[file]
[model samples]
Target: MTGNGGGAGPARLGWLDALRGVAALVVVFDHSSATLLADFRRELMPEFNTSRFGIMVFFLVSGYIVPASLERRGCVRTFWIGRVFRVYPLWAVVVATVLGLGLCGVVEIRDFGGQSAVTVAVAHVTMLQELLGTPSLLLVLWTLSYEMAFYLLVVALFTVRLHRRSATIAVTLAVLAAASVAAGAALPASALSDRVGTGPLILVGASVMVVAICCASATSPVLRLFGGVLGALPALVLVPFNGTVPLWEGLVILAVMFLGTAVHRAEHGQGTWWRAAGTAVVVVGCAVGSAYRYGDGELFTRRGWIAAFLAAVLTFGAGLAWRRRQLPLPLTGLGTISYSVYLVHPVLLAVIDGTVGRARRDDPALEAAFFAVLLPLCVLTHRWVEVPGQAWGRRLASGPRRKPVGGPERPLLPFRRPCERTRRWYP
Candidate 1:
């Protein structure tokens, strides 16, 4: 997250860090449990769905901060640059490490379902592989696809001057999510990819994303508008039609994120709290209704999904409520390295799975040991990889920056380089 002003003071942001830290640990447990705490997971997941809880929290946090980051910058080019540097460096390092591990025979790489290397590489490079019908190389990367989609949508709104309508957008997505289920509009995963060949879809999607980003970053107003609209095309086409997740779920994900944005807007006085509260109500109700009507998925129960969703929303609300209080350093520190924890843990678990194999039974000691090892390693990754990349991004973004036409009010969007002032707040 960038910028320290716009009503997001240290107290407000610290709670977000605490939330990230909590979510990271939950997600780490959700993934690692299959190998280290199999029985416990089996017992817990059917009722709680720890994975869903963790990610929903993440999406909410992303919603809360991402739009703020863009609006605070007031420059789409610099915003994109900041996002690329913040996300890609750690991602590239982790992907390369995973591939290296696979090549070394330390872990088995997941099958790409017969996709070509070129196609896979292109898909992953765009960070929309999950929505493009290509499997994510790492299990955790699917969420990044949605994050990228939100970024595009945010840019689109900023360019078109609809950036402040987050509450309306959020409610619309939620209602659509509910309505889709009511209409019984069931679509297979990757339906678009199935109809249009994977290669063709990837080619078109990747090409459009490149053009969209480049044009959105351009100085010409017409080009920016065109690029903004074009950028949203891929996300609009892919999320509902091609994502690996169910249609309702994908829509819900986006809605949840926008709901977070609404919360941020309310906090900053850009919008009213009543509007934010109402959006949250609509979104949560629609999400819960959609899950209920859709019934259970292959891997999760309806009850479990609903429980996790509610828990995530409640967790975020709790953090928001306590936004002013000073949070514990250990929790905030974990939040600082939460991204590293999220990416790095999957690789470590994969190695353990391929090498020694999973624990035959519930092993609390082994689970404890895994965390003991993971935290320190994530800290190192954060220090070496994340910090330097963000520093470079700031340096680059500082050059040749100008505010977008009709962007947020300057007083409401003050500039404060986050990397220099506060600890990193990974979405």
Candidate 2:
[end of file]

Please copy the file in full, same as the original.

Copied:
[model samples]
Target: MTGNGGGAGPARLGWLDALRGVAALVVVFDHSSATLLADFRRELMPEFNTSRFGIMVFFLVSGYIVPASLERRGCVRTFWIGRVFRVYPLWAVVVATVLGLGLCGVVEIRDFGGQSAVTVAVAHVTMLQELLGTPSLLLVLWTLSYEMAFYLLVVALFTVRLHRRSATIAVTLAVLAAASVAAGAALPASALSDRVGTGPLILVGASVMVVAICCASATSPVLRLFGGVLGALPALVLVPFNGTVPLWEGLVILAVMFLGTAVHRAEHGQGTWWRAAGTAVVVVGCAVGSAYRYGDGELFTRRGWIAAFLAAVLTFGAGLAWRRRQLPLPLTGLGTISYSVYLVHPVLLAVIDGTVGRARRDDPALEAAFFAVLLPLCVLTHRWVEVPGQAWGRRLASGPRRKPVGGPERPLLPFRRPCERTRRWYP
Candidate 1:
């Protein structure tokens, strides 16, 4: 997250860090449990769905901060640059490490379902592989696809001057999510990819994303508008039609994120709290209704999904409520390295799975040991990889920056380089 002003003071942001830290640990447990705490997971997941809880929290946090980051910058080019540097460096390092591990025979790489290397590489490079019908190389990367989609949508709104309508957008997505289920509009995963060949879809999607980003970053107003609209095309086409997740779920994900944005807007006085509260109500109700009507998925129960969703929303609300209080350093520190924890843990678990194999039974000691090892390693990754990349991004973004036409009010969007002032707040 960038910028320290716009009503997001240290107290407000610290709670977000605490939330990230909590979510990271939950997600780490959700993934690692299959190998280290199999029985416990089996017992817990059917009722709680720890994975869903963790990610929903993440999406909410992303919603809360991402739009703020863009609006605070007031420059789409610099915003994109900041996002690329913040996300890609750690991602590239982790992907390369995973591939290296696979090549070394330390872990088995997941099958790409017969996709070509070129196609896979292109898909992953765009960070929309999950929505493009290509499997994510790492299990955790699917969420990044949605994050990228939100970024595009945010840019689109900023360019078109609809950036402040987050509450309306959020409610619309939620209602659509509910309505889709009511209409019984069931679509297979990757339906678009199935109809249009994977290669063709990837080619078109990747090409459009490149053009969209480049044009959105351009100085010409017409080009920016065109690029903004074009950028949203891929996300609009892919999320509902091609994502690996169910249609309702994908829509819900986006809605949840926008709901977070609404919360941020309310906090900053850009919008009213009543509007934010109402959006949250609509979104949560629609999400819960959609899950209920859709019934259970292959891997999760309806009850479990609903429980996790509610828990995530409640967790975020709790953090928001306590936004002013000073949070514990250990929790905030974990939040600082939460991204590293999220990416790095999957690789470590994969190695353990391929090498020694999973624990035959519930092993609390082994689970404890895994965390003991993971935290320190994530800290190192954060220090070496994340910090330097963000520093470079700031340096680059500082050059040749100008505010977008009709962007947020300057007083409401003050500039404060986050990397220099506060600890990193990974979405």
Candidate 2: